• The nurse will clean and shave the area where the doctor will be working. This is usually in the groin area.
  • A local anesthetic is usually given to numb the puncture site.
  • The doctor will make a needle puncture through your skin and into a large blood vessel. A small straw-sized tube (called a sheath) will be inserted into the vessel. The doctor will gently guide a catheter (a long, thin tube) into your vessel through the sheath. A video screen will show the position of the catheter as it is threaded through the major blood vessels and to the heart. You may feel some pressure in your groin, but you shouldn’t feel any pain.
  • Various instruments may be placed at the tip of the catheter. They include instruments to measure the pressure of blood in each heart chamber and in blood vessels connected to the heart, view the interior of blood vessels, take blood samples from different parts of the heart, or remove a tissue sample from inside the heart.
  • When a catheter is used to inject a dye that can be seen on X-rays, the procedure is called angiography.
  • When a catheter is used to clear a narrowed or blocked artery, the procedure is called angioplasty or a percutaneous coronary intervention.
  • When a catheter is used to widen a narrowed heart valve opening, the procedure is called valvuloplasty.
  • The doctor will remove the catheters and the sheath. Your nurse will put pressure on the site to prevent bleeding. Sometimes a special closure device is used.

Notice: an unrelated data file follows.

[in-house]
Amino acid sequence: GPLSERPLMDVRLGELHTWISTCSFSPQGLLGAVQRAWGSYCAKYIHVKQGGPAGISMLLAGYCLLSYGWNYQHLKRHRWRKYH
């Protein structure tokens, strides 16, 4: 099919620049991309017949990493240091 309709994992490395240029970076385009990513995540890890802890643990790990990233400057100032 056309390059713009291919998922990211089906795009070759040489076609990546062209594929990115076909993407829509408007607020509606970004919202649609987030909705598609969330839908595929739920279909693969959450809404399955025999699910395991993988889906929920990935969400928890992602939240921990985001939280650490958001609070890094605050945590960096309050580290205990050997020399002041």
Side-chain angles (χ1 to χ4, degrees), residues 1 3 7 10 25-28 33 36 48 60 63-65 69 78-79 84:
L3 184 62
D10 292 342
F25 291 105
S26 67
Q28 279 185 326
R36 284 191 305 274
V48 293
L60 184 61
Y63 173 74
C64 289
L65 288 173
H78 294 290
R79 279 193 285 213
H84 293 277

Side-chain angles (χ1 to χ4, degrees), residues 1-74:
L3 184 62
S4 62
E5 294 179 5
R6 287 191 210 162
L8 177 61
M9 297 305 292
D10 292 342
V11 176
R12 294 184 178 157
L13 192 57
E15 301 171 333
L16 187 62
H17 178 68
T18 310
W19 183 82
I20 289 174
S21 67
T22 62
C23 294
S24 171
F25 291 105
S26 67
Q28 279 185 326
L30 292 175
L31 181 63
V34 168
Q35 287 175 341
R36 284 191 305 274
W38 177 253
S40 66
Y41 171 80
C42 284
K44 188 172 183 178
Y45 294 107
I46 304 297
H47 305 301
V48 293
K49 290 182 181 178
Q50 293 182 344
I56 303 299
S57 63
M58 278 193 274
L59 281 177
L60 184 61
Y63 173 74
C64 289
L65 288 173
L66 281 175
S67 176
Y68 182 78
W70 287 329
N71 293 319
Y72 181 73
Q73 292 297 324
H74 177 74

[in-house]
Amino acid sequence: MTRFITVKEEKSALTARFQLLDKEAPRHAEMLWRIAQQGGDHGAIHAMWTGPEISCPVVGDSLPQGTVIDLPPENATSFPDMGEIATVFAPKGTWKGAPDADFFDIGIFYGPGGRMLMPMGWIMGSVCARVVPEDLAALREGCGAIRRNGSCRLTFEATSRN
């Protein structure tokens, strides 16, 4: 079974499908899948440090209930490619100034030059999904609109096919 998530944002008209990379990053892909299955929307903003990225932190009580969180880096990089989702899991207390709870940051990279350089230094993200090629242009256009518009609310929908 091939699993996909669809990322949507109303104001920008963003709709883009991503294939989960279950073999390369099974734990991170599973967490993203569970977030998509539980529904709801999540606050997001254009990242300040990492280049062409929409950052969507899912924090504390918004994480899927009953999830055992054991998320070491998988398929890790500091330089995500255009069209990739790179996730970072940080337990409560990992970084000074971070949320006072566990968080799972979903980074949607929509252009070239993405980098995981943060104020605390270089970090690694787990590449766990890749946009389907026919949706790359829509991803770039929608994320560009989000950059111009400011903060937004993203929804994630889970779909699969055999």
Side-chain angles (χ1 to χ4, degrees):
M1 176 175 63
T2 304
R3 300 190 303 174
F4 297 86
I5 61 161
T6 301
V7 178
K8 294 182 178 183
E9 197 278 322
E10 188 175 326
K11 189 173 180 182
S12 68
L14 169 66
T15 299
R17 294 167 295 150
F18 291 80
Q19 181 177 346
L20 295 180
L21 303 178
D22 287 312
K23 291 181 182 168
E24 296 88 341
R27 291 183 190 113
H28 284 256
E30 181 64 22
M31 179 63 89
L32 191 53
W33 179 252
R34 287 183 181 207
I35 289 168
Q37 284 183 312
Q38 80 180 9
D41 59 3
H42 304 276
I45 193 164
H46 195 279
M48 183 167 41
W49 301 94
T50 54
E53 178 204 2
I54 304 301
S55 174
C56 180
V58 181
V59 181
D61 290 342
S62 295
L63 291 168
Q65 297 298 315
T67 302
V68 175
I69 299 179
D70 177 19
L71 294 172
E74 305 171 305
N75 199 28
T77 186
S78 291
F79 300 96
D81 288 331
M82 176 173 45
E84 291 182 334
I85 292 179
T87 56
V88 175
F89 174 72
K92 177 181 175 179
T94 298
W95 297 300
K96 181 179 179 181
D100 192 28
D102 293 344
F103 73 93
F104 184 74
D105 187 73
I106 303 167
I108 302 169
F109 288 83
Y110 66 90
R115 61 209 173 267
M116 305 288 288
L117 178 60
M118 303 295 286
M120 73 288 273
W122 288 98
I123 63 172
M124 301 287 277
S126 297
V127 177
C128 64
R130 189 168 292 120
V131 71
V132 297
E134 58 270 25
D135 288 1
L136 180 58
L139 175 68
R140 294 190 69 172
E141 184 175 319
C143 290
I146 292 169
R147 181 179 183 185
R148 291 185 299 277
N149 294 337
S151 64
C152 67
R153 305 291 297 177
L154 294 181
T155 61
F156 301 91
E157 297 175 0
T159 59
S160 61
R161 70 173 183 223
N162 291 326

What happens after cardiac catheterization?

You will go to a recovery room for a few hours. During this time, you must lie flat.

  • Pressure will be applied to the puncture site to stop any bleeding.
  • You will be asked to keep your leg straight and will not be able to get out of bed.
  • Your heartbeat and other vital signs (pulse and blood pressure) will be checked during your recovery. 
  • Report any swelling, pain or bleeding at the puncture site, or if you have chest pain.
  • If you had an additional procedure during the cardiac cath, you may have to spend the night in the hospital.
  • Before you leave the hospital, you will receive written instructions about what to do at home.

What happens after I get home?

Be sure to follow all instructions provided by your health care team. It is important to take your medications as directed and to make follow-up appointments before leaving the hospital. Most people can return to their normal activities the day after the procedure depending on whether any additional procedures were done during the cardiac cath.

A small bruise at the puncture site is normal. If the site starts to bleed, lie flat and press firmly on top of it for a few minutes. Then, recheck to see if the bleeding has stopped. 

Call your health care professional if:

  • Your leg with the puncture becomes numb or tingles, or your foot feels cold or turns blue.
  • The area around the puncture site looks more bruised.
  • The puncture site swells or fluids drain from it.
  • Bleeding from the access site can’t be stopped with firm pressure.
  • You experience:
    • Chest pain or shortness of breath
    • Dizziness
    • Fever
    • Irregular, very slow or fast heartbeat

Call 911 if:

  • The puncture site swells up very fast.
  • Bleeding from the puncture site does not slow down when you press on it firmly.